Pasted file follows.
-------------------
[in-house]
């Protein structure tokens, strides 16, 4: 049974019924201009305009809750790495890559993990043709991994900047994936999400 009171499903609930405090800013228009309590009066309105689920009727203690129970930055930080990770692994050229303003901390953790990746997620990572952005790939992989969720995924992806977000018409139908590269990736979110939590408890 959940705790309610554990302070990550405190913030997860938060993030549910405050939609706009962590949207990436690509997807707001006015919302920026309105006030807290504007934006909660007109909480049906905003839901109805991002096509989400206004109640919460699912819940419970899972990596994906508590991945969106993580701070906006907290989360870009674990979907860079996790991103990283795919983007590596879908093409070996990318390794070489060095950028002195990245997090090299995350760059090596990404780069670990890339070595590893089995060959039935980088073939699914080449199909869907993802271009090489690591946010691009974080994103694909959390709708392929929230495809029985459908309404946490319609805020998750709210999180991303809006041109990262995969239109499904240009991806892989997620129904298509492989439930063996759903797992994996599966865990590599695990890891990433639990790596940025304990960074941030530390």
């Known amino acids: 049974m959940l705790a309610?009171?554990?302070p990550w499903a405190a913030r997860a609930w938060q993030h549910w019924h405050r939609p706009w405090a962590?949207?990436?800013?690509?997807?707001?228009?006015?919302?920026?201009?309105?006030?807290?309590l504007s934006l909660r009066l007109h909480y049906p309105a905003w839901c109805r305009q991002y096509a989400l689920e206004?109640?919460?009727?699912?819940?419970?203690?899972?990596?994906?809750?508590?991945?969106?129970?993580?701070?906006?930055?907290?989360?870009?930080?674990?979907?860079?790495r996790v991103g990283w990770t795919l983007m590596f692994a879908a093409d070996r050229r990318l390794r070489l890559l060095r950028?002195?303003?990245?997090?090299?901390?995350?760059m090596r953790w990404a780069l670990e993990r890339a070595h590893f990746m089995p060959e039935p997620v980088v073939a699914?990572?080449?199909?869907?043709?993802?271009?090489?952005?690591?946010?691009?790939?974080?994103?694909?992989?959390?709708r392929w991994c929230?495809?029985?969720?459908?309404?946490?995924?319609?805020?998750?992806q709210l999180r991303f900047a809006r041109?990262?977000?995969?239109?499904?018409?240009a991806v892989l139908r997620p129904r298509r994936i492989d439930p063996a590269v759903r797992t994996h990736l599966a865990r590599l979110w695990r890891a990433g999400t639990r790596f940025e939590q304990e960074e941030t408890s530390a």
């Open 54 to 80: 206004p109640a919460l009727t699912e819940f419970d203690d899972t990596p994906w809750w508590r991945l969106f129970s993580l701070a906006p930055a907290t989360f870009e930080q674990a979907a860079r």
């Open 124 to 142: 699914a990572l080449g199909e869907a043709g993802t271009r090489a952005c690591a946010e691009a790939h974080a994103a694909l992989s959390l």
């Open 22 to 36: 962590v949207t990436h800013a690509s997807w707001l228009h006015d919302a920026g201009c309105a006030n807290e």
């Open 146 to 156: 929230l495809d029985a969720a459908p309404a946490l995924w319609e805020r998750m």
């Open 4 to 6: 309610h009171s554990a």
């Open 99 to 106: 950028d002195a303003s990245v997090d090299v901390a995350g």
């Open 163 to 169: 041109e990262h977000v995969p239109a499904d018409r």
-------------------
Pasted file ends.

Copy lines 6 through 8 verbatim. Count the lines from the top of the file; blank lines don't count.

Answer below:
């Open 22 to 36: 962590v949207t990436h800013a690509s997807w707001l228009h006015d919302a920026g201009c309105a006030n807290e």
């Open 146 to 156: 929230l495809d029985a969720a459908p309404a946490l995924w319609e805020r998750m």
């Open 4 to 6: 309610h009171s554990a």